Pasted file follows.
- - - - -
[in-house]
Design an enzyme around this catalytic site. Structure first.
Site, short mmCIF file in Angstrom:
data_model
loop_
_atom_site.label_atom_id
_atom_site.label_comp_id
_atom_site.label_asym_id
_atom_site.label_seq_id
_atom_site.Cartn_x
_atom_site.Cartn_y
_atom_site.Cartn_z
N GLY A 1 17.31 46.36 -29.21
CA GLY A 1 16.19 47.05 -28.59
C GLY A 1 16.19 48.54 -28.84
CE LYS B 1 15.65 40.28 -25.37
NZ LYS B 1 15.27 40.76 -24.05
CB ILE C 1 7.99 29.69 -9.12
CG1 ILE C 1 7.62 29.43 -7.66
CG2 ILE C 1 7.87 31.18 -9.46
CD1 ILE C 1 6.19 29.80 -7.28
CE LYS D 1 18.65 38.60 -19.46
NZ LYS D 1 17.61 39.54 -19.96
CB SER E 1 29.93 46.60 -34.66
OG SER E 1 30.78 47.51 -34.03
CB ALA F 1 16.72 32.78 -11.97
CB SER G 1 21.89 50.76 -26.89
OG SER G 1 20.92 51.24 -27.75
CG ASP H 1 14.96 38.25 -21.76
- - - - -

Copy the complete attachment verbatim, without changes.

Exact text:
[in-house]
Design an enzyme around this catalytic site. Structure first.
Site, short mmCIF file in Angstrom:
data_model
loop_
_atom_site.label_atom_id
_atom_site.label_comp_id
_atom_site.label_asym_id
_atom_site.label_seq_id
_atom_site.Cartn_x
_atom_site.Cartn_y
_atom_site.Cartn_z
N GLY A 1 17.31 46.36 -29.21
CA GLY A 1 16.19 47.05 -28.59
C GLY A 1 16.19 48.54 -28.84
CE LYS B 1 15.65 40.28 -25.37
NZ LYS B 1 15.27 40.76 -24.05
CB ILE C 1 7.99 29.69 -9.12
CG1 ILE C 1 7.62 29.43 -7.66
CG2 ILE C 1 7.87 31.18 -9.46
CD1 ILE C 1 6.19 29.80 -7.28
CE LYS D 1 18.65 38.60 -19.46
NZ LYS D 1 17.61 39.54 -19.96
CB SER E 1 29.93 46.60 -34.66
OG SER E 1 30.78 47.51 -34.03
CB ALA F 1 16.72 32.78 -11.97
CB SER G 1 21.89 50.76 -26.89
OG SER G 1 20.92 51.24 -27.75
CG ASP H 1 14.96 38.25 -21.76